Kelly Miles Ann Millner

Utah Rep. Kelly Miles, left, and Sen. Ann Millner at a town hall gathering Tuesday, Feb. 12, 2019, at the Pleasant View Branch library in Washington Terrace. The state's expansion of Medicaid was a big focus of discussion.

WASHINGTON TERRACE — After Utah lawmakers’ decisions to tweak voter-approved propositions related to medical marijuana and Medicaid, Margaret Kluthe hopes they don’t take aim at Proposition 4, meant to crack down on gerrymandering.

“That would do a little bit to ease the pain of having the other two propositions kind of sliced and diced up,” said Kluthe, who’s from South Ogden. “I hope you honor Proposition 4.”

Lawmakers approved replacement legislation earlier this month for Proposition 3, scaling back the measure meant to increase the pool of people covered by Medicaid. Some were opposed to the change, and it was a big focus at a town hall meeting held Tuesday night by Sen. Ann Millner and Rep. Kelly Miles. Most speaking out defended the original language in Proposition 3, and it prompted Kluthe’s defense of Proposition 4, which would change the way legislative districts are formed to make the process more impartial.

Bobbe Dabling also defended Proposition 4, expressing fear it would be weakened like the Medicaid measure and Proposition 2, a measure legalizing medical marijuana that lawmakers altered late last year. “I’m terribly afraid about what’s going to happen there because I’m not going to be represented again,” she said, likening tweaks to the voter-approved propositions as counter to the will of the people.

Tim Fiveash, also at Tuesday’s meeting, offered tougher words in blasting lawmaker’s changes and defending the original language in Proposition 3 and Proposition 2. He was involved in collecting signatures to get the two propositions, approved by voters last November, on the Utah ballot. Voters also approved Proposition 4 last November.

“You just spit in our face and are saying what we did does not matter,” Fiveash said.

Millner and Miles didn’t offer insights into the future of Proposition 4, but they defended their votes to change Proposition 3, the Medicaid measure. Tuesday’s town hall gathering, held at the Pleasant Valley Branch library in Washington Terrace, drew about 50 people.

For Millner, a Republican from Ogden, her vote aimed at making any change “financially sustainable” for Utah over the long haul. A 0.15-percent sales tax hike is outlined in the original proposition language to cover the cost of expanding Medicaid, the government health program geared to those in need, but state studies show that won’t generate enough to keep it going.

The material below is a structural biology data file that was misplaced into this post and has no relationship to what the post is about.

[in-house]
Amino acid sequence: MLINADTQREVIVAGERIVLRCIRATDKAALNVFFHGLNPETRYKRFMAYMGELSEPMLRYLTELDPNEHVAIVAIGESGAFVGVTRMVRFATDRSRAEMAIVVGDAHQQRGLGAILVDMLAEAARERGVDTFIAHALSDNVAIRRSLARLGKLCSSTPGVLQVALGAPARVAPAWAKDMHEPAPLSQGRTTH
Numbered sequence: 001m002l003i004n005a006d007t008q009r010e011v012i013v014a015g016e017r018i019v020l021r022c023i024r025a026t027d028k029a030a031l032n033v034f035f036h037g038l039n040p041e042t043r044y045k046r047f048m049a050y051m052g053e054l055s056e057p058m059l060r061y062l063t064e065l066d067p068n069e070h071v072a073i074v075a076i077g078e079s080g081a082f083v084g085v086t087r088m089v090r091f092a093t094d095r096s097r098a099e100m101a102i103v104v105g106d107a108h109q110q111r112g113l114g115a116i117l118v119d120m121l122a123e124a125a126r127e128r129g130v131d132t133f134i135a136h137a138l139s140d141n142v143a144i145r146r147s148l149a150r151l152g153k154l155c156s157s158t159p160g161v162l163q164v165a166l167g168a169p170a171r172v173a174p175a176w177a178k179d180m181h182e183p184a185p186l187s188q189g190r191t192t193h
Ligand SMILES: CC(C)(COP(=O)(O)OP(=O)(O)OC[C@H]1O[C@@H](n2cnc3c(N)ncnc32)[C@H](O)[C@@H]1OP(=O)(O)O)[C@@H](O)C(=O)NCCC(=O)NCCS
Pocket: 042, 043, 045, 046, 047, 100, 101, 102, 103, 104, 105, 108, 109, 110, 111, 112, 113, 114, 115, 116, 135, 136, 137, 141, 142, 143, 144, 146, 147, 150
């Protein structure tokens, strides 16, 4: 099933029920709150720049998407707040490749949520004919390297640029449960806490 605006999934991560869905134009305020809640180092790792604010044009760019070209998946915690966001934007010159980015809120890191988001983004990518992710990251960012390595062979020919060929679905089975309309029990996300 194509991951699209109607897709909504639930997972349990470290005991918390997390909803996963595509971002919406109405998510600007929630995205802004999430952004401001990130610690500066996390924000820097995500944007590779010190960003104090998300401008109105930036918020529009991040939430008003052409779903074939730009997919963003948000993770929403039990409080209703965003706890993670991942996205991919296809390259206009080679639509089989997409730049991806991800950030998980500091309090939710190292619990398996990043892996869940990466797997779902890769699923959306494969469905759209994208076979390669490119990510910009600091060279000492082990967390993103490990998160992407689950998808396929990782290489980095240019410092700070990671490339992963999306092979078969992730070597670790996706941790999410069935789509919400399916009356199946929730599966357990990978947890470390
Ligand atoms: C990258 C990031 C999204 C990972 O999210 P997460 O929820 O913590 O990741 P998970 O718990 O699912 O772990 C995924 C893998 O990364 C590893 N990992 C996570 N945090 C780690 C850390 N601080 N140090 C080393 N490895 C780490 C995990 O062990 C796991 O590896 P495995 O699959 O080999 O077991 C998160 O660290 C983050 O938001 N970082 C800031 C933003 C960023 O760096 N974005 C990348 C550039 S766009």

Miles, a Republican from southern Weber County, acknowledged there was a “clear mandate” from the public via the Proposition 3 vote to expand Medicaid coverage. But he defended his vote to tweak the measure’s language, saying he also has to vote in line with his underlying philosophical principles.

“I have certain Republican principles that are at my core and I’m going to support those,” he said. The public vote in favor of Proposition 3 weighs in his thinking, he said, but so does “my experience, my education, my background.”

Lawmakers also faced pointed questions Tuesday about the influence of the Church of Jesus Christ of Latter-day Saints in how they vote. “Who’s influencing you?” asked Jessica Fiveash, Tim Fiveash’s wife.

“I can’t speak for everyone, but I make my own decisions,” Millner said.

Miles offered a similar answer, saying he treats the LDS Church as any other lobbyist pushing for change in the Utah Legislature.

The query into the influence of the LDS Church followed questions posed by Millner and Miles to audience members about their views on the proposal to allow sales of beer with higher alcohol content. Lawmakers are debating whether to allow beer with 4.8 percent alcohol in Utah stores, up from 3.2 percent, the current limit, a change that the church opposes.

Those who spoke Tuesday signaled support for the change. “I think the question is, why can’t we have it?” said Jessica Fiveash.

Contact reporter Tim Vandenack at, follow him on Twitter at @timvandenack or like him on Facebook at

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